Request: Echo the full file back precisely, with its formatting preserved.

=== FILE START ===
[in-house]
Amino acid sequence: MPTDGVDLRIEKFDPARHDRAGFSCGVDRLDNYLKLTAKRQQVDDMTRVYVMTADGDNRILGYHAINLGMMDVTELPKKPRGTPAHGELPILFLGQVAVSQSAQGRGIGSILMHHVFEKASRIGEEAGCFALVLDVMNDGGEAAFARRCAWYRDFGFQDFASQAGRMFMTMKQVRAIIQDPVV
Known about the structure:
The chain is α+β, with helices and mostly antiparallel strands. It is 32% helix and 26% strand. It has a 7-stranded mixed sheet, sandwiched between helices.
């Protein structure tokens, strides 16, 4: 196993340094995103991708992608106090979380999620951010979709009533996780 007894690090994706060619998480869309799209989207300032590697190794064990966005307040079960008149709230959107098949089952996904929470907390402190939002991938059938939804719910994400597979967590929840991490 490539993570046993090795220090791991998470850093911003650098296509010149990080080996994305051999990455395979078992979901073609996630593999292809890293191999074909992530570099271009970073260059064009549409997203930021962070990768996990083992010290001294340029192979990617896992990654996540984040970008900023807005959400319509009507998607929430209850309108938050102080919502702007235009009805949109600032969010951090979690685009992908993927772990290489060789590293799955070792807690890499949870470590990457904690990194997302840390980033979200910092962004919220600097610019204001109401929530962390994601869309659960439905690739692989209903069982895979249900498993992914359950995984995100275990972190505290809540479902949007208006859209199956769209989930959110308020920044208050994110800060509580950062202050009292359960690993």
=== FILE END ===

[in-house]
Amino acid sequence: MPTDGVDLRIEKFDPARHDRAGFSCGVDRLDNYLKLTAKRQQVDDMTRVYVMTADGDNRILGYHAINLGMMDVTELPKKPRGTPAHGELPILFLGQVAVSQSAQGRGIGSILMHHVFEKASRIGEEAGCFALVLDVMNDGGEAAFARRCAWYRDFGFQDFASQAGRMFMTMKQVRAIIQDPVV
Known about the structure:
The chain is α+β, with helices and mostly antiparallel strands. It is 32% helix and 26% strand. It has a 7-stranded mixed sheet, sandwiched between helices.
């Protein structure tokens, strides 16, 4: 196993340094995103991708992608106090979380999620951010979709009533996780 007894690090994706060619998480869309799209989207300032590697190794064990966005307040079960008149709230959107098949089952996904929470907390402190939002991938059938939804719910994400597979967590929840991490 490539993570046993090795220090791991998470850093911003650098296509010149990080080996994305051999990455395979078992979901073609996630593999292809890293191999074909992530570099271009970073260059064009549409997203930021962070990768996990083992010290001294340029192979990617896992990654996540984040970008900023807005959400319509009507998607929430209850309108938050102080919502702007235009009805949109600032969010951090979690685009992908993927772990290489060789590293799955070792807690890499949870470590990457904690990194997302840390980033979200910092962004919220600097610019204001109401929530962390994601869309659960439905690739692989209903069982895979249900498993992914359950995984995100275990972190505290809540479902949007208006859209199956769209989930959110308020920044208050994110800060509580950062202050009292359960690993």